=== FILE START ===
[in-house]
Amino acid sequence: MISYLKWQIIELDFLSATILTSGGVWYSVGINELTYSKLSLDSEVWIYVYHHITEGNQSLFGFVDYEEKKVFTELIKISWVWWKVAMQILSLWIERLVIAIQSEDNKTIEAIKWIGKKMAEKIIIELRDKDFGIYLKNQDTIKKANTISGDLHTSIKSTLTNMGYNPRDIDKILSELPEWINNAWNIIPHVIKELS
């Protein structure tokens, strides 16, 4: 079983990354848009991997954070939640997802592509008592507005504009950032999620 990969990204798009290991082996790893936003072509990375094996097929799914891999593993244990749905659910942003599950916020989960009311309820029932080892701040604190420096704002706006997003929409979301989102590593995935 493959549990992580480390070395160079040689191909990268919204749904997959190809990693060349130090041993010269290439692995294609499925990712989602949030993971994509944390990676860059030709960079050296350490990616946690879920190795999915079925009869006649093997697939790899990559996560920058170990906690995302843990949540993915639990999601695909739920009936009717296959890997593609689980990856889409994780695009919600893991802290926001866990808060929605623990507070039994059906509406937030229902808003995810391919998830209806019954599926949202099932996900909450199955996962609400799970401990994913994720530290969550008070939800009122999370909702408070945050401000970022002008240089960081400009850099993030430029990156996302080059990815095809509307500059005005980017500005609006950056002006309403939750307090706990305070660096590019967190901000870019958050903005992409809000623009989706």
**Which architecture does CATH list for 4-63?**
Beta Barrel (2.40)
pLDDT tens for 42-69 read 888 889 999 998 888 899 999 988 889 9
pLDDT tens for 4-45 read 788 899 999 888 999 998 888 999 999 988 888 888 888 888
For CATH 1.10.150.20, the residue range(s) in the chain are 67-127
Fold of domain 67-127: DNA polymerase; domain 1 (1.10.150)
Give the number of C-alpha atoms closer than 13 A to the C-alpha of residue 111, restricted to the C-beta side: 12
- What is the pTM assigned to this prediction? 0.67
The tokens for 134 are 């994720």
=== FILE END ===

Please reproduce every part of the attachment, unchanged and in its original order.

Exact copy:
[in-house]
Amino acid sequence: MISYLKWQIIELDFLSATILTSGGVWYSVGINELTYSKLSLDSEVWIYVYHHITEGNQSLFGFVDYEEKKVFTELIKISWVWWKVAMQILSLWIERLVIAIQSEDNKTIEAIKWIGKKMAEKIIIELRDKDFGIYLKNQDTIKKANTISGDLHTSIKSTLTNMGYNPRDIDKILSELPEWINNAWNIIPHVIKELS
């Protein structure tokens, strides 16, 4: 079983990354848009991997954070939640997802592509008592507005504009950032999620 990969990204798009290991082996790893936003072509990375094996097929799914891999593993244990749905659910942003599950916020989960009311309820029932080892701040604190420096704002706006997003929409979301989102590593995935 493959549990992580480390070395160079040689191909990268919204749904997959190809990693060349130090041993010269290439692995294609499925990712989602949030993971994509944390990676860059030709960079050296350490990616946690879920190795999915079925009869006649093997697939790899990559996560920058170990906690995302843990949540993915639990999601695909739920009936009717296959890997593609689980990856889409994780695009919600893991802290926001866990808060929605623990507070039994059906509406937030229902808003995810391919998830209806019954599926949202099932996900909450199955996962609400799970401990994913994720530290969550008070939800009122999370909702408070945050401000970022002008240089960081400009850099993030430029990156996302080059990815095809509307500059005005980017500005609006950056002006309403939750307090706990305070660096590019967190901000870019958050903005992409809000623009989706």
**Which architecture does CATH list for 4-63?**
Beta Barrel (2.40)
pLDDT tens for 42-69 read 888 889 999 998 888 899 999 988 889 9
pLDDT tens for 4-45 read 788 899 999 888 999 998 888 999 999 988 888 888 888 888
For CATH 1.10.150.20, the residue range(s) in the chain are 67-127
Fold of domain 67-127: DNA polymerase; domain 1 (1.10.150)
Give the number of C-alpha atoms closer than 13 A to the C-alpha of residue 111, restricted to the C-beta side: 12
- What is the pTM assigned to this prediction? 0.67
The tokens for 134 are 């994720």